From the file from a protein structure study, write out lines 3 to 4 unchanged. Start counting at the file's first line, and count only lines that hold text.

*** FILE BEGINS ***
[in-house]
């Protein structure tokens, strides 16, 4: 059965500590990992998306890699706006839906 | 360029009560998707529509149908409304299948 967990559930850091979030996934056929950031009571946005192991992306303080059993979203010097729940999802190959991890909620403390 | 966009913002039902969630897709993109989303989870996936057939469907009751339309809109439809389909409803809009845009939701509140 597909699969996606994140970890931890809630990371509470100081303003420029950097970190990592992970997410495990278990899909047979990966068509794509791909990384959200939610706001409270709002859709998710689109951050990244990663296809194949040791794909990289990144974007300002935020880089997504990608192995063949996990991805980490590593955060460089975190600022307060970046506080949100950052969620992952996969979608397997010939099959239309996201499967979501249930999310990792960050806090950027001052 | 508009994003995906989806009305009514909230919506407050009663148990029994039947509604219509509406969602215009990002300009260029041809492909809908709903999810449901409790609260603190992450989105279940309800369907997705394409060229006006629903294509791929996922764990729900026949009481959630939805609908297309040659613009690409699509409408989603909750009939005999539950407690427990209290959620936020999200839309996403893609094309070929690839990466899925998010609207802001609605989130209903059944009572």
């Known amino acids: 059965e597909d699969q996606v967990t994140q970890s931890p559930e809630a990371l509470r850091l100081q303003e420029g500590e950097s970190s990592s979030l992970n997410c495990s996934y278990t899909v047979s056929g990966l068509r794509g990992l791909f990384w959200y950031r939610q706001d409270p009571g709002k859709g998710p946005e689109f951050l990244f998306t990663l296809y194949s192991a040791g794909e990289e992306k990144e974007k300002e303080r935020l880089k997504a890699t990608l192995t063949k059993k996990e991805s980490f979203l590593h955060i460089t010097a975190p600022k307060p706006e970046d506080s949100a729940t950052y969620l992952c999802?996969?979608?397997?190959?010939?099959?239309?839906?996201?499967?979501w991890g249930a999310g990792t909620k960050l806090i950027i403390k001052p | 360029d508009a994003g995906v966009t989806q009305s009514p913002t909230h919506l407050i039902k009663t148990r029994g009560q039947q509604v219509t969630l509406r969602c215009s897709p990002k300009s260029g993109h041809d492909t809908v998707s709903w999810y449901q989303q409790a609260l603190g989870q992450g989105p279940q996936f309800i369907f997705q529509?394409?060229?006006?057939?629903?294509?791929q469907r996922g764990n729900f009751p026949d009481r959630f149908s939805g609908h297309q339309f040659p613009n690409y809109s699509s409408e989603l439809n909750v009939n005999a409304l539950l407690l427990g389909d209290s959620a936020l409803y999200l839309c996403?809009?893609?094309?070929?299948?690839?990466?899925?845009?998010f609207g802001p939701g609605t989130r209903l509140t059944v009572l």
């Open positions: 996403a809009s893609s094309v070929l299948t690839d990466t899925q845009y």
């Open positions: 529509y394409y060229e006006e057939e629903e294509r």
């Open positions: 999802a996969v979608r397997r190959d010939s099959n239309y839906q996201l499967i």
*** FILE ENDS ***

């Known amino acids: 059965e597909d699969q996606v967990t994140q970890s931890p559930e809630a990371l509470r850091l100081q303003e420029g500590e950097s970190s990592s979030l992970n997410c495990s996934y278990t899909v047979s056929g990966l068509r794509g990992l791909f990384w959200y950031r939610q706001d409270p009571g709002k859709g998710p946005e689109f951050l990244f998306t990663l296809y194949s192991a040791g794909e990289e992306k990144e974007k300002e303080r935020l880089k997504a890699t990608l192995t063949k059993k996990e991805s980490f979203l590593h955060i460089t010097a975190p600022k307060p706006e970046d506080s949100a729940t950052y969620l992952c999802?996969?979608?397997?190959?010939?099959?239309?839906?996201?499967?979501w991890g249930a999310g990792t909620k960050l806090i950027i403390k001052p | 360029d508009a994003g995906v966009t989806q009305s009514p913002t909230h919506l407050i039902k009663t148990r029994g009560q039947q509604v219509t969630l509406r969602c215009s897709p990002k300009s260029g993109h041809d492909t809908v998707s709903w999810y449901q989303q409790a609260l603190g989870q992450g989105p279940q996936f309800i369907f997705q529509?394409?060229?006006?057939?629903?294509?791929q469907r996922g764990n729900f009751p026949d009481r959630f149908s939805g609908h297309q339309f040659p613009n690409y809109s699509s409408e989603l439809n909750v009939n005999a409304l539950l407690l427990g389909d209290s959620a936020l409803y999200l839309c996403?809009?893609?094309?070929?299948?690839?990466?899925?845009?998010f609207g802001p939701g609605t989130r209903l509140t059944v009572l």
């Open positions: 996403a809009s893609s094309v070929l299948t690839d990466t899925q845009y």